Skip to Main Content

Skills for Learning

Editing & Proofreading


Editing is an important part of the assignment process. This is where you check your work and make changes to improve your final submission. It takes time to edit your work – good quality editing always equals higher marks! 

Editing should be a two-step process. The first step is a general check of the content and structure. Step two should be a final proofread for issues with spelling, grammar, punctuation and referencing. 

We run interactive workshops to help you develop your writing skills. Find out more on the Skills for Learning Workshops page. 

Editing and proofreading top tips

ACCORDION: Converted tabs - this tab opens by default

Always plan to finish an assignment a couple of days before the deadline. That way, you can take a break from your work before you start to edit and proofread. You’re much more likely to notice issues that need resolving if you’ve had time away. Our Assignment Calculator will help you factor in time for this step. If you haven't already, consider any feedback you have been given about previous assignments. Download the Feedback Action Plan Worksheet to help you.

ACCORDION OPTIONS: enable collapse / start fully collapsed

Have you included key information about your topic? Have you provided evidence for all the points you have made? Have you explained why that evidence is relevant? Asking yourself questions about your own work can help you to be more objective. Download the Academic Writing Checklist Worksheet to help you.

It sounds obvious, but it’s vital to check that you have followed the assignment brief. If you miss part of the question, you are likely to lose marks. Similarly, you can lose track and answer a slightly different question than the one set. An easy way to check this is to use the PEAL paragraph structure. See our PEAL Activity below. Your ‘link’ sentences at the end of each paragraph should address the topic clearly. If they don’t, then you need to make changes to ensure your argument is focussed. Download the PEAL Paragraph Structure Worksheet to help you.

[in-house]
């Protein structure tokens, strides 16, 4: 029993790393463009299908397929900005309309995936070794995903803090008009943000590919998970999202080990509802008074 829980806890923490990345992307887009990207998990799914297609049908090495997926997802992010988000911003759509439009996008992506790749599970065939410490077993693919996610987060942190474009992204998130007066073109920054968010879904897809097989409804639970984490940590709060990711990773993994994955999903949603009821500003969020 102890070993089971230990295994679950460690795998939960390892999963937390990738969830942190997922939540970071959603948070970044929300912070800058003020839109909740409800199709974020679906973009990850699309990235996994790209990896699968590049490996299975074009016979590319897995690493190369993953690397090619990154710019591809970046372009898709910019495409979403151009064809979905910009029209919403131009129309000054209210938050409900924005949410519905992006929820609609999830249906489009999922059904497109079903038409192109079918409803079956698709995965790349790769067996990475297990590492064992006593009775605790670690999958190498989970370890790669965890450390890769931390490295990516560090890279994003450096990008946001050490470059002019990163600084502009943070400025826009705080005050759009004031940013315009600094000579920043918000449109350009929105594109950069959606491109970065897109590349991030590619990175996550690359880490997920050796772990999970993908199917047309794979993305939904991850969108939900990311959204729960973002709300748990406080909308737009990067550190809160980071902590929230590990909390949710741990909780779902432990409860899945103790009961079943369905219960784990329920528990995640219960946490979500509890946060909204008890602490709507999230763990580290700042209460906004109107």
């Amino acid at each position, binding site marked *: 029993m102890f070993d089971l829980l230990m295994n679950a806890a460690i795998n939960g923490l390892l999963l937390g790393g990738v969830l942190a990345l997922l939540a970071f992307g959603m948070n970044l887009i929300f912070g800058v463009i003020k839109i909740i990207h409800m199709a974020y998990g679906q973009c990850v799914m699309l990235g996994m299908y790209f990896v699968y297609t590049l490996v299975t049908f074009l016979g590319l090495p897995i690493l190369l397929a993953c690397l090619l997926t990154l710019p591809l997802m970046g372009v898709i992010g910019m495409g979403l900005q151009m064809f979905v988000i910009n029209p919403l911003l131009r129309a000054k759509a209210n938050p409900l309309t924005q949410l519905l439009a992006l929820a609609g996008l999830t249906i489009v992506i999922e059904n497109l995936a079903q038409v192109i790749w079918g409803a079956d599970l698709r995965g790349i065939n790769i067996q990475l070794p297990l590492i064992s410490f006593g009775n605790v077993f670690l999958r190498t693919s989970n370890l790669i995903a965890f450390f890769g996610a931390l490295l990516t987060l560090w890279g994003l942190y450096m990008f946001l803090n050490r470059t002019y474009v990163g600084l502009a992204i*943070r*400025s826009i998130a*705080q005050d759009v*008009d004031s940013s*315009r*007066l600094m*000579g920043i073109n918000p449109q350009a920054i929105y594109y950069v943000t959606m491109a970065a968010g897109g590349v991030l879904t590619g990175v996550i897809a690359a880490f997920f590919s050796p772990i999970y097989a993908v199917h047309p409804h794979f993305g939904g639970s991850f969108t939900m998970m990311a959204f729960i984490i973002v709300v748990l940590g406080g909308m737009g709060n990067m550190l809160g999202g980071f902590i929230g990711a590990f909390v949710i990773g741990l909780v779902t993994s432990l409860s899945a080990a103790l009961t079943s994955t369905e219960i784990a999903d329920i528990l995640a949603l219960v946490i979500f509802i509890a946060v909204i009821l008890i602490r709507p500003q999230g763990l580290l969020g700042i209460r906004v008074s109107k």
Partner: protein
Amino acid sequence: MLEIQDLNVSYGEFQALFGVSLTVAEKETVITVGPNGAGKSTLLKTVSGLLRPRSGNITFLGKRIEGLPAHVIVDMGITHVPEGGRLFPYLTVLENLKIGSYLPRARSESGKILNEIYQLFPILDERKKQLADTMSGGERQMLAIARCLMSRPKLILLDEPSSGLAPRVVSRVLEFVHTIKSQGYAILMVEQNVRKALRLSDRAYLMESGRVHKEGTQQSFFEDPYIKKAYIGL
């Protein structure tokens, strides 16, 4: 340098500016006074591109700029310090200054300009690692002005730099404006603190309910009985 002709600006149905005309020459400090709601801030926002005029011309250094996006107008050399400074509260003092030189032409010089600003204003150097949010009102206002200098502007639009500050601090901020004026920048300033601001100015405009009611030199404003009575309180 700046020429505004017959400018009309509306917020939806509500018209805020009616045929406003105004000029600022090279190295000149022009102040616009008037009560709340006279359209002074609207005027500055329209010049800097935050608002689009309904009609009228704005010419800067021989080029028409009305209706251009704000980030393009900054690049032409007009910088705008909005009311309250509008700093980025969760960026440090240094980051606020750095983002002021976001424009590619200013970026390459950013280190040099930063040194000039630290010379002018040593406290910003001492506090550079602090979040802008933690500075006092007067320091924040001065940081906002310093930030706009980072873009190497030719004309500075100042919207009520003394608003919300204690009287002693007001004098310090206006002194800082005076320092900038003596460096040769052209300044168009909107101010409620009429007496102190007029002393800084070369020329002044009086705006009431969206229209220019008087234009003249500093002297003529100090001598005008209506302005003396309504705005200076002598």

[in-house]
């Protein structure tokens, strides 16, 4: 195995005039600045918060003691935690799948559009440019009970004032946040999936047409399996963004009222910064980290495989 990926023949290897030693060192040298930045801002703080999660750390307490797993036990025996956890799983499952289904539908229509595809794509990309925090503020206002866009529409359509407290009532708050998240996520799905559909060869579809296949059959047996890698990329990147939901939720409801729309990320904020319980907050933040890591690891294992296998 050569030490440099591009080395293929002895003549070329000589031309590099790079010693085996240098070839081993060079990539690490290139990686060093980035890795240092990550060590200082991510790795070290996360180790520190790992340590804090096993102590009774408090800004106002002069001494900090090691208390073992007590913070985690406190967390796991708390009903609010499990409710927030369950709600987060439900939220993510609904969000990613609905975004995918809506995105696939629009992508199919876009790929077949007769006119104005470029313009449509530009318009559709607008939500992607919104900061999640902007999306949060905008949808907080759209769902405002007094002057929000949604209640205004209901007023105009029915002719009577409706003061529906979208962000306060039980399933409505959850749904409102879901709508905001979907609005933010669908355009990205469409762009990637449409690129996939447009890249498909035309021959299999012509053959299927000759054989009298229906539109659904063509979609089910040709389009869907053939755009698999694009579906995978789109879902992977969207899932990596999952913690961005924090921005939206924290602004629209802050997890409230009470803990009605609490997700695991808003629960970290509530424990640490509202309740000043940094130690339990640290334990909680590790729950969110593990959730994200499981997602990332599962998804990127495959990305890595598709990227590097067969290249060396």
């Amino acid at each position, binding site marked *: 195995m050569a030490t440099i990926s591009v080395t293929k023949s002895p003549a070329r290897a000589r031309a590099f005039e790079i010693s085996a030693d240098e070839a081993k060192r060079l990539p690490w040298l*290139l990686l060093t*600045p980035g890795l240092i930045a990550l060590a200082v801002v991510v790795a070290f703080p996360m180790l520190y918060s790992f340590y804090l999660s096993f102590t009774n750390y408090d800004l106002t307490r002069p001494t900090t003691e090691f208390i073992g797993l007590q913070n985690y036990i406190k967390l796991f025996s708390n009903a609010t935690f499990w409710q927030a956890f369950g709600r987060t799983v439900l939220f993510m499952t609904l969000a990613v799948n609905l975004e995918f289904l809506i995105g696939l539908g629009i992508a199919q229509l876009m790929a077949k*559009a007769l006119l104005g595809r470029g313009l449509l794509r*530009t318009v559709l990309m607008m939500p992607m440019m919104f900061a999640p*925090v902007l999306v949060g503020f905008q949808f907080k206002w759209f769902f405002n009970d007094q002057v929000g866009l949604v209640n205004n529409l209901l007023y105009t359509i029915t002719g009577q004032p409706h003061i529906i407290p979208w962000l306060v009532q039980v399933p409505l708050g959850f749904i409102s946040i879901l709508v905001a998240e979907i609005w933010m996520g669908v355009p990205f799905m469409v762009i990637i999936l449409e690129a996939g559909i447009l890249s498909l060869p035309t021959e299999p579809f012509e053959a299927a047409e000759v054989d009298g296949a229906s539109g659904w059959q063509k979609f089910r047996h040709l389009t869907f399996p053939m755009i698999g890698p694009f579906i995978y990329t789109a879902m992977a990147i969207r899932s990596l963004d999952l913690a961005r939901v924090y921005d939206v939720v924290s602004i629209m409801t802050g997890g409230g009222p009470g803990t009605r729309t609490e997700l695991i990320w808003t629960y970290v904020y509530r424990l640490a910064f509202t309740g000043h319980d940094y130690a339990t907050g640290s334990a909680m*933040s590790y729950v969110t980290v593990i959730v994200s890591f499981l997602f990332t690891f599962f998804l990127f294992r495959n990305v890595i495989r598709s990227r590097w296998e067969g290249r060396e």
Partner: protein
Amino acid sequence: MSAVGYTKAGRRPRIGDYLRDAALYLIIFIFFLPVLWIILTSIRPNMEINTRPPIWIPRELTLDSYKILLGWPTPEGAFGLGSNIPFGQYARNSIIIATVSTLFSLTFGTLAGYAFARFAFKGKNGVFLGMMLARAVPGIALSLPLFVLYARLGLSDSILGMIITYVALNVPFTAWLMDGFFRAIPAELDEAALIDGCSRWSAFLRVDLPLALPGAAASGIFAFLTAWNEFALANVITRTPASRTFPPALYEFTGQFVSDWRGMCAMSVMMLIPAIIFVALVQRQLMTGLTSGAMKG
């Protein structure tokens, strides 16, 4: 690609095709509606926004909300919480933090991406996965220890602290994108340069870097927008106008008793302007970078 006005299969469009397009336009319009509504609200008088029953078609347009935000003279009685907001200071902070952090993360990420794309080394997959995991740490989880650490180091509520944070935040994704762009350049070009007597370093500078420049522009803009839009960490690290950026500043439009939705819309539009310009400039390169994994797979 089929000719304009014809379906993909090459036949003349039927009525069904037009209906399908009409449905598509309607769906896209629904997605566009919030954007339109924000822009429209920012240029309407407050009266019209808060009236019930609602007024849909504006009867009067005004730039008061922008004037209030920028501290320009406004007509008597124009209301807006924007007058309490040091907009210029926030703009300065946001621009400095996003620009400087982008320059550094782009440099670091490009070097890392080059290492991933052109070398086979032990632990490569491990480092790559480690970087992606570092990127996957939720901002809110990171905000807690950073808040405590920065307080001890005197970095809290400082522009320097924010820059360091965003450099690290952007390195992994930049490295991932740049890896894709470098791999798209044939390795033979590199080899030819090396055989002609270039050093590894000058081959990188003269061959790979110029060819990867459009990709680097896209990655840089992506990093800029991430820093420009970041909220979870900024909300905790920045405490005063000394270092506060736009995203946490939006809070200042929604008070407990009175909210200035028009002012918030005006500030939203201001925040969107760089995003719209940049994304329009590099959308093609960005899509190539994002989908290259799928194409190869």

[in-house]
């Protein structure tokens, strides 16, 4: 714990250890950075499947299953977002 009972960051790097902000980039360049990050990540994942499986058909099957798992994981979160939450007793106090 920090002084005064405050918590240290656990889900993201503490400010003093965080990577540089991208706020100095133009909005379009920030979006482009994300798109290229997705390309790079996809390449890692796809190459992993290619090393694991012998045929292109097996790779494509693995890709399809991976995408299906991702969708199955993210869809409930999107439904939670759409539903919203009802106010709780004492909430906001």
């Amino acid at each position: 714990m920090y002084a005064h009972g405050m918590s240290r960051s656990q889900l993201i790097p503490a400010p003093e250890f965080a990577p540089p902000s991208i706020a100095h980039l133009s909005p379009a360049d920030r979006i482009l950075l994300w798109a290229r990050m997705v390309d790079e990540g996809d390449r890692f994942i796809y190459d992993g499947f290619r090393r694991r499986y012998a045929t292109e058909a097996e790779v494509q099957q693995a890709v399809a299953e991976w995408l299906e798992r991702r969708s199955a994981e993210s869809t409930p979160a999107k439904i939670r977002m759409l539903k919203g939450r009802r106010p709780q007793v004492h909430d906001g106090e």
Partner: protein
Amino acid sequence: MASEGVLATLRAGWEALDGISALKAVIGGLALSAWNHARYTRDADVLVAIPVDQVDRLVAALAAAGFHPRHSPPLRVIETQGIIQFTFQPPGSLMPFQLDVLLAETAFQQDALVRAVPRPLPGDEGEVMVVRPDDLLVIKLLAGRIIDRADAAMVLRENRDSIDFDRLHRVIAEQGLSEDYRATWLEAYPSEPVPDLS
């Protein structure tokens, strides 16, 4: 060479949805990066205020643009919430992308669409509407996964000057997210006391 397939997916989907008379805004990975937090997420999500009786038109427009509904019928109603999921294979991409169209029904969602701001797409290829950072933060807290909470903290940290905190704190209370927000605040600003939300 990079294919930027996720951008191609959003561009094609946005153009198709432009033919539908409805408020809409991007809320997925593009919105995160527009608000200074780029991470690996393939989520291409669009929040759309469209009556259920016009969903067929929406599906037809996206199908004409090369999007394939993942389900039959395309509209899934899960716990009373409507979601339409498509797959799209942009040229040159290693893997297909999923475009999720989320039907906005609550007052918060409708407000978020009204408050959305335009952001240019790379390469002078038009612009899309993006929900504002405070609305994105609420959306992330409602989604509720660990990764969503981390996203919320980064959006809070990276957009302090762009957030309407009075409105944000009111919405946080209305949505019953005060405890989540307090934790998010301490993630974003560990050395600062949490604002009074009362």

You can review the overall structure of your assignment using reverse outlining. Download the Reverse Outlines Activity Worksheet to help you. 

Your job in an assignment is to show that you have understood the course content. When marking your work, tutors will notice problems with spelling, grammar and formatting first. If you minimise these errors, you will communicate your ideas better, thus increasing your marks. Spend time ensuring your layout is consistent, paying attention to fonts, paragraphing and headings. You can also use editing software to check for grammar, punctuation and spelling issues. We recommend Grammarly.

Sounding ‘academic’ isn’t about using long, complicated words and lengthy sentences. Rather, what’s most important is that you get your point across. If you re-read a sentence and aren’t sure what it means, you need to simplify it. After all, your tutors won’t give out marks for ideas they can’t understand. The Hemingway App can help you write in a clear and concise way.

When you finish writing an assignment, checking your references might be the last thing you feel like doing. But referencing accurately (both in-text citations and the reference list) is an easy way to impress your tutor and gain marks. Follow our LBU referencing guide Quote, Unquote to avoid unnecessary mistakes.

Check the reporting verbs used when you cite sources in the text. In particular, check for over-use of your favourites! Download our Reporting Verbs Worksheet to help you. 



{{You can add more boxes below for links specific to this page [this note will not appear on user pages] }}

Skills for Learning FAQs